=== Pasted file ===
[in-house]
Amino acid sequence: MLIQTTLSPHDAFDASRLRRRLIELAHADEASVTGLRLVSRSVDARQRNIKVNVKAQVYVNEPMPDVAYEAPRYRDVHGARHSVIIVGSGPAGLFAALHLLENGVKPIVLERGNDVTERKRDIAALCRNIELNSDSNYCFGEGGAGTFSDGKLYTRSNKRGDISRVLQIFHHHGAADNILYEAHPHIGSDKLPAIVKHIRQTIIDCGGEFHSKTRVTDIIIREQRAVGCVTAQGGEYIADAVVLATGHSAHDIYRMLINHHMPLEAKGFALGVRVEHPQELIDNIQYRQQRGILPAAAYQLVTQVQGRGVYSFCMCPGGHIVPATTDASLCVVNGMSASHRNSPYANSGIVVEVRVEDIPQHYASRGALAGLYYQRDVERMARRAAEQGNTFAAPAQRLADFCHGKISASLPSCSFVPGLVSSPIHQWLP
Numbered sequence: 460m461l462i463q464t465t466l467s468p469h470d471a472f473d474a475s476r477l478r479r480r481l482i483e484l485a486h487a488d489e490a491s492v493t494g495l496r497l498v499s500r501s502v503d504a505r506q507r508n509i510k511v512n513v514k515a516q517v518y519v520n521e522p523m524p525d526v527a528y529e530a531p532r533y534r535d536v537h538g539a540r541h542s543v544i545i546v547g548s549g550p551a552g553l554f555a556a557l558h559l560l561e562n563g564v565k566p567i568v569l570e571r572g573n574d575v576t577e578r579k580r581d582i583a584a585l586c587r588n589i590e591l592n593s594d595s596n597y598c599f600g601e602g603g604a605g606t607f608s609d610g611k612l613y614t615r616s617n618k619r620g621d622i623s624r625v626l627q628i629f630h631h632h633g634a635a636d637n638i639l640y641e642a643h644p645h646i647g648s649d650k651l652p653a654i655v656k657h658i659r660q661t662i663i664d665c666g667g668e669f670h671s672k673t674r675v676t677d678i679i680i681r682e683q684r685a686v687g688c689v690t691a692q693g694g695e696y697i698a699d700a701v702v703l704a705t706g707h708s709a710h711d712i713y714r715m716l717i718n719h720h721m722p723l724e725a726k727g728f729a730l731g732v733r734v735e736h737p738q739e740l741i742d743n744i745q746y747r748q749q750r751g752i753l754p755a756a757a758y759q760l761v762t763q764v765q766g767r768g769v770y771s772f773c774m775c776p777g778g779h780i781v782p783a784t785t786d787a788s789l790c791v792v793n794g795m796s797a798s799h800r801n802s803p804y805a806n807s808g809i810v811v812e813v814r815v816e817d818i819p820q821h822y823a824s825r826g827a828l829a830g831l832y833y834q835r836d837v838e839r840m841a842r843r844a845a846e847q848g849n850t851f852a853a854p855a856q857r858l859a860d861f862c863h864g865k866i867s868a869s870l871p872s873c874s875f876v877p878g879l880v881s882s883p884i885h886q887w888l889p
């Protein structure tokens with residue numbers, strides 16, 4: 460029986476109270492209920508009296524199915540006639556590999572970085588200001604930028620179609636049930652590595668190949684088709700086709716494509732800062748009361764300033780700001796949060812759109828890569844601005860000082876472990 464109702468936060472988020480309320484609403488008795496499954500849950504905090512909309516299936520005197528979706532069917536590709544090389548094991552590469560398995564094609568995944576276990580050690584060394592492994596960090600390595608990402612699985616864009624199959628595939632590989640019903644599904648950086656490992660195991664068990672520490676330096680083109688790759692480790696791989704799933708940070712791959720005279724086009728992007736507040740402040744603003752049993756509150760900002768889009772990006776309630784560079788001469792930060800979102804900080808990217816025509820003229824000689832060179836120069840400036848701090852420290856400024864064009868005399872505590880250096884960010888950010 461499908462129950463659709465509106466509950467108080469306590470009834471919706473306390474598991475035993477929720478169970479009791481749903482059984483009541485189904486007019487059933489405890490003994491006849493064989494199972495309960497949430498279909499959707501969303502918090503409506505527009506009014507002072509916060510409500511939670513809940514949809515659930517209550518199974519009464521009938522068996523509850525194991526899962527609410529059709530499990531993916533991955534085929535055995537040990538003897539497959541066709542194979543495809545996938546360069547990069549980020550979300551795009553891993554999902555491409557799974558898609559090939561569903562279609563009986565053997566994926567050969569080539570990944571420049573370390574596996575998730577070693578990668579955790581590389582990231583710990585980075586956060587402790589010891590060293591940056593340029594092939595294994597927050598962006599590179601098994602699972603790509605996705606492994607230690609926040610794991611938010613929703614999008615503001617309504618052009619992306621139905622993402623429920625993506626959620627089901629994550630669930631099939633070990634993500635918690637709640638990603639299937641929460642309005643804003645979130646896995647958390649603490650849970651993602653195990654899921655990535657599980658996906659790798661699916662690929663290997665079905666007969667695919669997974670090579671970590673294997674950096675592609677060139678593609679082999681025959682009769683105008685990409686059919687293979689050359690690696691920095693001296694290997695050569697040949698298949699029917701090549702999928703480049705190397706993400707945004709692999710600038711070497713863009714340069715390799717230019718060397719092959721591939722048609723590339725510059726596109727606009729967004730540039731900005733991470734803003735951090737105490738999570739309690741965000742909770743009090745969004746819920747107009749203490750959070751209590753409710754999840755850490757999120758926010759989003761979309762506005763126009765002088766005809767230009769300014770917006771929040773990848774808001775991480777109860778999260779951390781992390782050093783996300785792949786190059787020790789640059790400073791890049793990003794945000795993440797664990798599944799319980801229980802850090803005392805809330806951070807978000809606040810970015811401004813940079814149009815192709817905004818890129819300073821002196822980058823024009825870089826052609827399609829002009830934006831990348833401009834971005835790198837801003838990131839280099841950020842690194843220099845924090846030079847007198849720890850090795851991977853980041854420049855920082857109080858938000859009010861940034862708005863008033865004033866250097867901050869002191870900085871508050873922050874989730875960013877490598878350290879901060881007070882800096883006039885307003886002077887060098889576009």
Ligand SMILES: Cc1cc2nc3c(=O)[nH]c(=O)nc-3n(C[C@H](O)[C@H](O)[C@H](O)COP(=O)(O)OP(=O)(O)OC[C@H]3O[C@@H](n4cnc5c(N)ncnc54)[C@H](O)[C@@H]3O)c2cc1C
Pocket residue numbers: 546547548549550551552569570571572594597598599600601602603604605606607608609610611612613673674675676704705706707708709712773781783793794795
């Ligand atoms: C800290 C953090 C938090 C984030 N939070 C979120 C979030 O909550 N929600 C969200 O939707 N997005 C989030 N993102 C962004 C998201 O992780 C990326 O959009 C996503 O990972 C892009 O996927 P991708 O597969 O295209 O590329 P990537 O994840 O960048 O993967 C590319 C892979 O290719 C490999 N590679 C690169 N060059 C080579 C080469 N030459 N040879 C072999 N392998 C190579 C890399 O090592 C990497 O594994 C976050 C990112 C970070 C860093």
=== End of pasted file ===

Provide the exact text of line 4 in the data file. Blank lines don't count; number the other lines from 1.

């Protein structure tokens with residue numbers, strides 16, 4: 460029986476109270492209920508009296524199915540006639556590999572970085588200001604930028620179609636049930652590595668190949684088709700086709716494509732800062748009361764300033780700001796949060812759109828890569844601005860000082876472990 464109702468936060472988020480309320484609403488008795496499954500849950504905090512909309516299936520005197528979706532069917536590709544090389548094991552590469560398995564094609568995944576276990580050690584060394592492994596960090600390595608990402612699985616864009624199959628595939632590989640019903644599904648950086656490992660195991664068990672520490676330096680083109688790759692480790696791989704799933708940070712791959720005279724086009728992007736507040740402040744603003752049993756509150760900002768889009772990006776309630784560079788001469792930060800979102804900080808990217816025509820003229824000689832060179836120069840400036848701090852420290856400024864064009868005399872505590880250096884960010888950010 461499908462129950463659709465509106466509950467108080469306590470009834471919706473306390474598991475035993477929720478169970479009791481749903482059984483009541485189904486007019487059933489405890490003994491006849493064989494199972495309960497949430498279909499959707501969303502918090503409506505527009506009014507002072509916060510409500511939670513809940514949809515659930517209550518199974519009464521009938522068996523509850525194991526899962527609410529059709530499990531993916533991955534085929535055995537040990538003897539497959541066709542194979543495809545996938546360069547990069549980020550979300551795009553891993554999902555491409557799974558898609559090939561569903562279609563009986565053997566994926567050969569080539570990944571420049573370390574596996575998730577070693578990668579955790581590389582990231583710990585980075586956060587402790589010891590060293591940056593340029594092939595294994597927050598962006599590179601098994602699972603790509605996705606492994607230690609926040610794991611938010613929703614999008615503001617309504618052009619992306621139905622993402623429920625993506626959620627089901629994550630669930631099939633070990634993500635918690637709640638990603639299937641929460642309005643804003645979130646896995647958390649603490650849970651993602653195990654899921655990535657599980658996906659790798661699916662690929663290997665079905666007969667695919669997974670090579671970590673294997674950096675592609677060139678593609679082999681025959682009769683105008685990409686059919687293979689050359690690696691920095693001296694290997695050569697040949698298949699029917701090549702999928703480049705190397706993400707945004709692999710600038711070497713863009714340069715390799717230019718060397719092959721591939722048609723590339725510059726596109727606009729967004730540039731900005733991470734803003735951090737105490738999570739309690741965000742909770743009090745969004746819920747107009749203490750959070751209590753409710754999840755850490757999120758926010759989003761979309762506005763126009765002088766005809767230009769300014770917006771929040773990848774808001775991480777109860778999260779951390781992390782050093783996300785792949786190059787020790789640059790400073791890049793990003794945000795993440797664990798599944799319980801229980802850090803005392805809330806951070807978000809606040810970015811401004813940079814149009815192709817905004818890129819300073821002196822980058823024009825870089826052609827399609829002009830934006831990348833401009834971005835790198837801003838990131839280099841950020842690194843220099845924090846030079847007198849720890850090795851991977853980041854420049855920082857109080858938000859009010861940034862708005863008033865004033866250097867901050869002191870900085871508050873922050874989730875960013877490598878350290879901060881007070882800096883006039885307003886002077887060098889576009």